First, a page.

As every adult has said many times, kids have it way easier than we did. When we grew up adhesive loose leaf reinforcement labels only came in white. Now they’re available in bright colors.
I noticed that the Avery neon loose leaf labels are colored yellow, orange, green, and red. It’s Avery part number 6754, but the packaging is very confusing. The part number is on the back of the package. The front of the package says 924 –the number of labels in the package. While these aren’t the same shades as the standardized color codes now used on most computers they’re close enough to be useful.
I was kidding about colored loose leaf labels making life easier, but kids really do have it easier hooking up computers because of industry standard color coded connectors. Different manufacturers use the same color designations for different connectors making it much easier to hook up cables with similar connectors. This is especially true with sound cards. On early sound cards the three jacks for line in, line out, and microphone were all the same color and generally only had tiny labels stamped into the metal, or even worse - icons. Now it’s incredibly easy to identify the standard connectors – light blue is line in, lime green is line out, and pink is the microphone.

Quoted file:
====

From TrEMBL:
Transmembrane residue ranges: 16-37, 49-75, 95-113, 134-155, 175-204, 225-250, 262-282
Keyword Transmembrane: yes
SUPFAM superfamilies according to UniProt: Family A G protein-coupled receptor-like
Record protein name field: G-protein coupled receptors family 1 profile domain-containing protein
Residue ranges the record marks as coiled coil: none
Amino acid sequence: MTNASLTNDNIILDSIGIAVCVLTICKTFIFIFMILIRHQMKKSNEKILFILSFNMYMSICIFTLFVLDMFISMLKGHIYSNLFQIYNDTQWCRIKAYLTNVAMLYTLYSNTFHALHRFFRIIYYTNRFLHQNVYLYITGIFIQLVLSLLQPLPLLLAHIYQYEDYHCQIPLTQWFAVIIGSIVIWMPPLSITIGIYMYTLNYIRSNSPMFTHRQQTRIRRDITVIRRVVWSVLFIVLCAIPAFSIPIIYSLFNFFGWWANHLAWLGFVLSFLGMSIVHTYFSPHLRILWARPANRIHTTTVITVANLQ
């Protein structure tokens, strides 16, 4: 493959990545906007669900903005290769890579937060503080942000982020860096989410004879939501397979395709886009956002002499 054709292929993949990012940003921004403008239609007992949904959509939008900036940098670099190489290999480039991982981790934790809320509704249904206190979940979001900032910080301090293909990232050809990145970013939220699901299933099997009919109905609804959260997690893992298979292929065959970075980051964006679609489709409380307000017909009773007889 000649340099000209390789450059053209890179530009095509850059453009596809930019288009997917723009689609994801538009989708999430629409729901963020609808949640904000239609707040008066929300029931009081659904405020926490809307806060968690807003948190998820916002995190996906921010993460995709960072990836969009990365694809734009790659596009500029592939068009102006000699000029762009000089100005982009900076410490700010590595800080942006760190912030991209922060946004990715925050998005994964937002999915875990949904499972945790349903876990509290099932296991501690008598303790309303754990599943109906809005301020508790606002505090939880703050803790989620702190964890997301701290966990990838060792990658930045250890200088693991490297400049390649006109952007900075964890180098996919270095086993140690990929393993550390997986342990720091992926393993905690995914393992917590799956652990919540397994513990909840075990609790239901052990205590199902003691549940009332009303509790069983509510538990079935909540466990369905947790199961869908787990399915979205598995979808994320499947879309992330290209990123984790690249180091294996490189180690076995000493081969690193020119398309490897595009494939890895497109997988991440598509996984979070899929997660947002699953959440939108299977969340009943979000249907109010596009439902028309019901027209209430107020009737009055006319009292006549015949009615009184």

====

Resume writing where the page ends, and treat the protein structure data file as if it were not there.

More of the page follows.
Coincidentally loose leaf rings are almost exactly the right size for 3.5 mm. (mini) jacks. I use them to label older sound equipment without color identifications and using them to make jacks clearer on some computers where the color coding is not as visible because of the design of the jack. Unfortunately there are no blue loose leaf rings (line in) but if I leave that one empty it’s easy to identify by process of elimination.
Step 1: Color Coded Sound Card
Step 2: SPDIF Rear Panel
Step 3: SPDIF Cable
Step 4: Just for Fun
I’ve found a couple of other uses for colored loose leaf labels, but that’s a future instructable.